Obama plans to attend G20 summit in St. Petersburg, Russia - White House
Carney stressed that the G20 summit is an international forum and the United States would discuss international issues there.
He said the United States was still studying the value of the summit and had a number of questions concerning Russia. The spokesperson stressed that the two countries disagree not only over former National Security Agency leaker Edward Snowden but also over other issues, including Syria.
Carney said the US would announce its decision shortly.
He said earlier that Obama was not going to cancel his visit to Russia in September.
The journalists asked him whether Obama would only go to the G20 summit in St. Petersburg or would also travel to Moscow as was planned initially.
Carney said he had nothing new to say on this matter and reiterated that the president would go to Russia in September.
Obama will visit Russia in September, National Security Council spokeswoman Bernadette Meehan said.
US Department of State Deputy Spokesperson Marie Harf said at a press briefing on Thursday, August 1, that the Russian authorities’ decision to grant temporary asylum to Snowden was “an extremely disappointing step.”
She said the US authorities “continue to press with the Russian Government that Mr. Snowden needs to be returned to the United States where he will face a free and fair trial.”
Harf stressed that “this move by the Russian Government undermines a longstanding record of law enforcement cooperation, particularly since the Boston Marathon bombings. So we will continue to make that point with the Russian Government at all points in this process.”
She said “Mr. Snowden is wanted on very serious charges and that he needs to be returned to the United States to face those charges.”
At the same time, Harf confirmed that there are areas where the two countries work together. “We’ll continue to do so because it’s in our interest to do so. There are areas where we disagree, as we’ve talked about, not just Snowden but others. And again, we’re evaluating our summit, the 2+2. We’re looking at that right now. So clearly this could have an impact, but the relationship is a broad one where we have many national security interests as well,” she said.
Harf said the US government could not say at this point whether the American and Russian foreign and defence ministers would have talks this week.
She said the US was still assessing the situation and stressed that Washington will continue the dialogue with Russia on such issues as Afghanistan, Syria and Iran.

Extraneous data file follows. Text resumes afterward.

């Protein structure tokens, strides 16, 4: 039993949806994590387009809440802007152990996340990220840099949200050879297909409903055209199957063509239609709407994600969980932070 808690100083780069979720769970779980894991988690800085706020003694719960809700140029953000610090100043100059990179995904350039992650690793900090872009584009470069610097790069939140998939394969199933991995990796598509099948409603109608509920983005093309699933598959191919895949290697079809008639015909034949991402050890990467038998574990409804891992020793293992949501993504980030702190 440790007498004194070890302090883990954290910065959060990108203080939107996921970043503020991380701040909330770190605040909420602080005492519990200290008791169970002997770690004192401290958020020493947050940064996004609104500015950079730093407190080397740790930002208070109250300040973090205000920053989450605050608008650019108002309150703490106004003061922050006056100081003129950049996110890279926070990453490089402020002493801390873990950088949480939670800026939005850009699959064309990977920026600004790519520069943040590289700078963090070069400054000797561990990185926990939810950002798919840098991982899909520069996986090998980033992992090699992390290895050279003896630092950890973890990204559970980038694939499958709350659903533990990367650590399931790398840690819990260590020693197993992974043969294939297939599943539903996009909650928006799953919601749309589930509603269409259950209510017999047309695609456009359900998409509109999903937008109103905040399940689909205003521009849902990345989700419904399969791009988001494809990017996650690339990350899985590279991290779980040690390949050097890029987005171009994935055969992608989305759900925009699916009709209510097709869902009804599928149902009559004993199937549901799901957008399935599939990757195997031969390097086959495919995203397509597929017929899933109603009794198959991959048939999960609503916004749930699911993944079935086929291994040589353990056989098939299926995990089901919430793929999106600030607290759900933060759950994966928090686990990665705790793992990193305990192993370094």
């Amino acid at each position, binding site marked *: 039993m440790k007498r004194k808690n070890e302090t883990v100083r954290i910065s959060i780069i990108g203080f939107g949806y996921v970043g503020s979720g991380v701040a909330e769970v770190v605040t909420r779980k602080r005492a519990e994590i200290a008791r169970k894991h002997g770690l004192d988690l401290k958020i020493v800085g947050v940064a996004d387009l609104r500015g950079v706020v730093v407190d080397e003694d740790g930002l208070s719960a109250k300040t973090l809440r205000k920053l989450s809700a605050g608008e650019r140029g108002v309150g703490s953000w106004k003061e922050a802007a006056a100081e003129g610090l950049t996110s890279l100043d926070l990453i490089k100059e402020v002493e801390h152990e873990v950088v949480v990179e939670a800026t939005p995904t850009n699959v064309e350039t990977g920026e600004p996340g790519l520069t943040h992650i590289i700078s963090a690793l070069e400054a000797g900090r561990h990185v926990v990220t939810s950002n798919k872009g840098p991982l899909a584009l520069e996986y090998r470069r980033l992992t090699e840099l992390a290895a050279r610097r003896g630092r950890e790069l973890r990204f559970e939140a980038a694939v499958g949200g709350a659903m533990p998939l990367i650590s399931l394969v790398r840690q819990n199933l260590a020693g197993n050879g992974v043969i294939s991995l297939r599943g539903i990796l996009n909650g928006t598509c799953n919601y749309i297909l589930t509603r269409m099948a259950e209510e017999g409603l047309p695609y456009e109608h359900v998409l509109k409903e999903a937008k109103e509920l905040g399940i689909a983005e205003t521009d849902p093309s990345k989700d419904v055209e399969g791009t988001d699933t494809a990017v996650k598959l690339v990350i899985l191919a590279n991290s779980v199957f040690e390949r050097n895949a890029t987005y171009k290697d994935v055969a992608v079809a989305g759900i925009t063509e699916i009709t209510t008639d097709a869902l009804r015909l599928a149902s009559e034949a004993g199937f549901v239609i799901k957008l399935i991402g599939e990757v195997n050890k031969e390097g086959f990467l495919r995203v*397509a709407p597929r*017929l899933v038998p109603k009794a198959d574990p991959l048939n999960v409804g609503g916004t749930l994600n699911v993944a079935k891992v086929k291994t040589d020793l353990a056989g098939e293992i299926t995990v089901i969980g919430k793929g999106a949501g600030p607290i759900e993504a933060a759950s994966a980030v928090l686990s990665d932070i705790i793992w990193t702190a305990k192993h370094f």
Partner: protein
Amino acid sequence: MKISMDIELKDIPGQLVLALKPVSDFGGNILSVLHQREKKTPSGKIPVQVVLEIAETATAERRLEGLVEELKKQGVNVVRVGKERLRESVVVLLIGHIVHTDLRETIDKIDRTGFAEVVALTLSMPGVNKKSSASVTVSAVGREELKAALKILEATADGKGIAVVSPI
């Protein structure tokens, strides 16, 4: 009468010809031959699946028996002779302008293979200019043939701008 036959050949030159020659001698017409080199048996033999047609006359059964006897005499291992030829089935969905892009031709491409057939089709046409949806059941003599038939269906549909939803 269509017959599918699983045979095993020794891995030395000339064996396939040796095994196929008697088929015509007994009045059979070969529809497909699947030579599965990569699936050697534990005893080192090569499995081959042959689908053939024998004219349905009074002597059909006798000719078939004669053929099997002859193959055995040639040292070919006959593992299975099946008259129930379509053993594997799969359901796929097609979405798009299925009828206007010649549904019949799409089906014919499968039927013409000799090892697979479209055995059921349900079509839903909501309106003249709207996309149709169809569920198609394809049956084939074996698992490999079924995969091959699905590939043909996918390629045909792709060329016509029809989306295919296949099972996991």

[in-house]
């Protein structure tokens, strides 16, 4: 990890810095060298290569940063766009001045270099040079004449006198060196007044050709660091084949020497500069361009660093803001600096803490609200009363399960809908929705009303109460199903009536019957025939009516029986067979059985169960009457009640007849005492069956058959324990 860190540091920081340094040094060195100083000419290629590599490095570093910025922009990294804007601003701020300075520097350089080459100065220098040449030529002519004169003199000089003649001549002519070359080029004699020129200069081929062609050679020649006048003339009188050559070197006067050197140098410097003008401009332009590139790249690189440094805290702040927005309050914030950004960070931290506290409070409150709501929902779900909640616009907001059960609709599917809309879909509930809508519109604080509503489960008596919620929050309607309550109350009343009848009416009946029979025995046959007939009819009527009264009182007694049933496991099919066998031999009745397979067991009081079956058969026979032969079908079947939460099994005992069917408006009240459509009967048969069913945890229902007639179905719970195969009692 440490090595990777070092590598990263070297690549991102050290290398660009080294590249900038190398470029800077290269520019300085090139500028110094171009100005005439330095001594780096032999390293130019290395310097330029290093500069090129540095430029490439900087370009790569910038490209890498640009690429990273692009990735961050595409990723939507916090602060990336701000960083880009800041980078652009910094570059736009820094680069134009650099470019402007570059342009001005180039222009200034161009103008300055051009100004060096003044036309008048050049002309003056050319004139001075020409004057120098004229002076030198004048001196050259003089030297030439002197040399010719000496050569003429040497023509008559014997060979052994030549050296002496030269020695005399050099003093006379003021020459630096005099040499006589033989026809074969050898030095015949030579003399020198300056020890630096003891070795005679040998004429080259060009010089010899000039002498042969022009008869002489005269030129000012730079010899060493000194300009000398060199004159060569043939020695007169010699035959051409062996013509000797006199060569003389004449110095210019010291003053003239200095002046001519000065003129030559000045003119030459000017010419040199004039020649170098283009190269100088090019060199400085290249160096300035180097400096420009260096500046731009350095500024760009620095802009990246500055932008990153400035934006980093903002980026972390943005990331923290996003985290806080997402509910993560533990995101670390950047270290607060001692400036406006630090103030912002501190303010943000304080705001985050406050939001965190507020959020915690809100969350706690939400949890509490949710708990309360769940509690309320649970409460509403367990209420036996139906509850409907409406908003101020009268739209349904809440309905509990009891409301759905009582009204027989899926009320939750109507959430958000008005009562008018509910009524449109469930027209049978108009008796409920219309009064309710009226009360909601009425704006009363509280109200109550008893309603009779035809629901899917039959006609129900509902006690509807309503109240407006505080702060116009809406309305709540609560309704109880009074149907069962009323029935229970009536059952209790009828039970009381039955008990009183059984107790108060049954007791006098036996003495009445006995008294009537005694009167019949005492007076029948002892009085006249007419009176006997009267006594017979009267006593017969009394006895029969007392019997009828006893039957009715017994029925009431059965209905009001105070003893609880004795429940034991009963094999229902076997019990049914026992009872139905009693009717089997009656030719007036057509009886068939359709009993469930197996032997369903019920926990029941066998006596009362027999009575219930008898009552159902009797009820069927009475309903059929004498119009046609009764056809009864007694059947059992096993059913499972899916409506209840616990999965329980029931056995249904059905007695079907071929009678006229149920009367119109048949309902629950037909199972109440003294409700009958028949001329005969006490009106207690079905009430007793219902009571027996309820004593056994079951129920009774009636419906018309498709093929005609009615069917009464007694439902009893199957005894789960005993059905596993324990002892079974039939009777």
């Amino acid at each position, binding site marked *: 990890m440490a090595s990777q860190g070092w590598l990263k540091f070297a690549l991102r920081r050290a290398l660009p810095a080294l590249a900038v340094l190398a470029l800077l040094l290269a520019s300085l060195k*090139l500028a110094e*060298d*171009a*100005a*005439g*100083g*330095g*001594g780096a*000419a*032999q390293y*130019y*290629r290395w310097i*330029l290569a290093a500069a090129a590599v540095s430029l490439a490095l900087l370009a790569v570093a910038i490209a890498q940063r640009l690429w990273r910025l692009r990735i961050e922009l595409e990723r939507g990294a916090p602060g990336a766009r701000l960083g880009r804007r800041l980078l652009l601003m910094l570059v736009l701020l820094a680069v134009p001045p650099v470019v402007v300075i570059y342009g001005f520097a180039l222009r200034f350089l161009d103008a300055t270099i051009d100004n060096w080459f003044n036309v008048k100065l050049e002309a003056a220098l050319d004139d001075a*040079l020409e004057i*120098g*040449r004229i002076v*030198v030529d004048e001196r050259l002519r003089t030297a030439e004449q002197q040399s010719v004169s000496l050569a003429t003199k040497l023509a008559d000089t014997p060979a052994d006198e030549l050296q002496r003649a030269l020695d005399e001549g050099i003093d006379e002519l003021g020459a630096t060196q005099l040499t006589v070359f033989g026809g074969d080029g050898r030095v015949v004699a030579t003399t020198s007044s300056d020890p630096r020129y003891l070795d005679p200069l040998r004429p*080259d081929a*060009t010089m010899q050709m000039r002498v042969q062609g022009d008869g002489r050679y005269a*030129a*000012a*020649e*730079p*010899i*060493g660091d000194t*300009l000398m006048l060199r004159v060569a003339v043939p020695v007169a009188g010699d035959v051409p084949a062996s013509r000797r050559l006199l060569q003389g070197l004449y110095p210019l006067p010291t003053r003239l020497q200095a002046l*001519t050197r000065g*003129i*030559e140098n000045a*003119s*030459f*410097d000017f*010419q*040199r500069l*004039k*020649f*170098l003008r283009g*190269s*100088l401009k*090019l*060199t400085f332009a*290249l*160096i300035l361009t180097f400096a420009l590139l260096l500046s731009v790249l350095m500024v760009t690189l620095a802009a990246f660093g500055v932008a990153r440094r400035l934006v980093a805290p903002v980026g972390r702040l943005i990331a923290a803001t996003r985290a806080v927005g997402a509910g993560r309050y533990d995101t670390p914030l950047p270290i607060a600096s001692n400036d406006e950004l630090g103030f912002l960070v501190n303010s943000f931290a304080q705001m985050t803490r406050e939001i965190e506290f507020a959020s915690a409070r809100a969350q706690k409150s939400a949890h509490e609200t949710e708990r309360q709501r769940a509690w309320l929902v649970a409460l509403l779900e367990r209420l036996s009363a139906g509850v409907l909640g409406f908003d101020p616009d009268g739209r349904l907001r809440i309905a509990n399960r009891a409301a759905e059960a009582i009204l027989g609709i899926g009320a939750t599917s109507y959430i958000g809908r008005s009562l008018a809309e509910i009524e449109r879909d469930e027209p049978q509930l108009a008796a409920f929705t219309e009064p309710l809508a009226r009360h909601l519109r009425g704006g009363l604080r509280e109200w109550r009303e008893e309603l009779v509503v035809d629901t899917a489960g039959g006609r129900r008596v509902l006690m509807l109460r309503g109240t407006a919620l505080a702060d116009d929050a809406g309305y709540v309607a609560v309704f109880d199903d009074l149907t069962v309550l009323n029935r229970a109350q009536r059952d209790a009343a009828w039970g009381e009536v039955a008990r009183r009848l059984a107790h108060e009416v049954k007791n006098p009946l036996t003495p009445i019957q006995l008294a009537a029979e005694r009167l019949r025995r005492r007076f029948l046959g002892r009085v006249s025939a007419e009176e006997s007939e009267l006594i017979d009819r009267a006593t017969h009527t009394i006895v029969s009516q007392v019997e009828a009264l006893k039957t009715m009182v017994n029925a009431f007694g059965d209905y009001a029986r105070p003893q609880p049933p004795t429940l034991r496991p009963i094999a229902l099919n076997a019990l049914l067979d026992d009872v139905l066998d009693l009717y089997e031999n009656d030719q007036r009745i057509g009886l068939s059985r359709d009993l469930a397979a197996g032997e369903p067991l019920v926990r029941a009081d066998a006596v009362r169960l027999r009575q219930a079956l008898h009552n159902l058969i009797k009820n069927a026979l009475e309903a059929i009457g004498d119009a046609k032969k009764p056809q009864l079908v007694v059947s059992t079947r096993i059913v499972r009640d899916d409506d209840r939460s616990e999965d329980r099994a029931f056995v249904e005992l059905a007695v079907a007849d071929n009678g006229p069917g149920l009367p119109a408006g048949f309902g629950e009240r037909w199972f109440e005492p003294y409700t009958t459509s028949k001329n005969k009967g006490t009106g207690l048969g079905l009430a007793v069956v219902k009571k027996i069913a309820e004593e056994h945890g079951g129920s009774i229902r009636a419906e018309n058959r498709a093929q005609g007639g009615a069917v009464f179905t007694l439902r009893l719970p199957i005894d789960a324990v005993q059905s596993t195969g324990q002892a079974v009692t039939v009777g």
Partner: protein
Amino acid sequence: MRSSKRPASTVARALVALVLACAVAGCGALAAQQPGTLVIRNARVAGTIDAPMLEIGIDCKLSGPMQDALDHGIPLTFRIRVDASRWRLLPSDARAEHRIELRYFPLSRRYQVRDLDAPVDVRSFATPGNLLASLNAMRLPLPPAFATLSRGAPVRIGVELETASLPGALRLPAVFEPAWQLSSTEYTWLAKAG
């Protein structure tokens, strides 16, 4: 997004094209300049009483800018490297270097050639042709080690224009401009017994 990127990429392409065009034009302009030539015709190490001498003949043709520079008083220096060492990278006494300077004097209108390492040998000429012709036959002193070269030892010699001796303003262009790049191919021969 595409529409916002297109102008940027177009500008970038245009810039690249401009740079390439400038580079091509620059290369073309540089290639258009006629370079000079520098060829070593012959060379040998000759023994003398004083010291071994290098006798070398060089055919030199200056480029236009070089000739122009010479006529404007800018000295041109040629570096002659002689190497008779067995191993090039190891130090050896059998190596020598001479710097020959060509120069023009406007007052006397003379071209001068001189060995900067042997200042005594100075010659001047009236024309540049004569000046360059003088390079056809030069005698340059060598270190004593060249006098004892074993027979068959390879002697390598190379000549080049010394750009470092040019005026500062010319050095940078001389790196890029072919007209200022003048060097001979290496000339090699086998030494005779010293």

The talks were scheduled to be held in Washington on August 9. Last week, the US said it was studying the advisability of holding the talks in the 2+2 format following Russia’s decision to give temporary asylum to Snowden.
Obama is scheduled to come to Moscow in early September to meet with President Vladimir Putin ahead of the G20 summit in St. Petersburg.
However mass media reports quoted a source in the US Department of State as saying that Obama might cancel the visit if Snowden would still be in Russia by that time.
On July 8, US Ambassador to Russia Michael McFaul said he was busy preparing Obama’s visit to Moscow and St. Petersburg.
The Kremlin said that Obama’s visit to Russia scheduled for this autumn may begin in Moscow and continue in St. Petersburg where a G20 summit is to be held on September 5-6.
“We proposed a full-scale visit [by Obama], the invitation was handed over last year and we will now be working on concrete parameters of this visit,” presidential aide Yuri Ushakov said earlier.
“We would prefer it [the visit] to take place in Moscow and then the two presidents could continue working at the G20 in St. Petersburg,” he said.
At the same time, the aide said the programme of the visit “is not fully agreed yet.”
“This is routine diplomatic work. There will be a meeting of the two presidents in Northern Ireland first [at the G8 summit on June 17-18],” Ushakov said.
The White House will have an announcement in coming days about whether President Barack Obama will attend a summit in Moscow this fall, White House spokesman Jay Carney said on Monday.
"We are continuing to evaluate the utility of a summit," Carney told reporters at a briefing. "You can expect that we'll have a decision to announce in coming days about that specific issue."
The United States was disappointed that Russia gave political asylum to former US National Security Agency contractor Edward Snowden.
Obama is scheduled to attend a conference of the Group of 20 major world economies in Russia in the fall and was contemplating a summit with Russian President Vladimir Putin.
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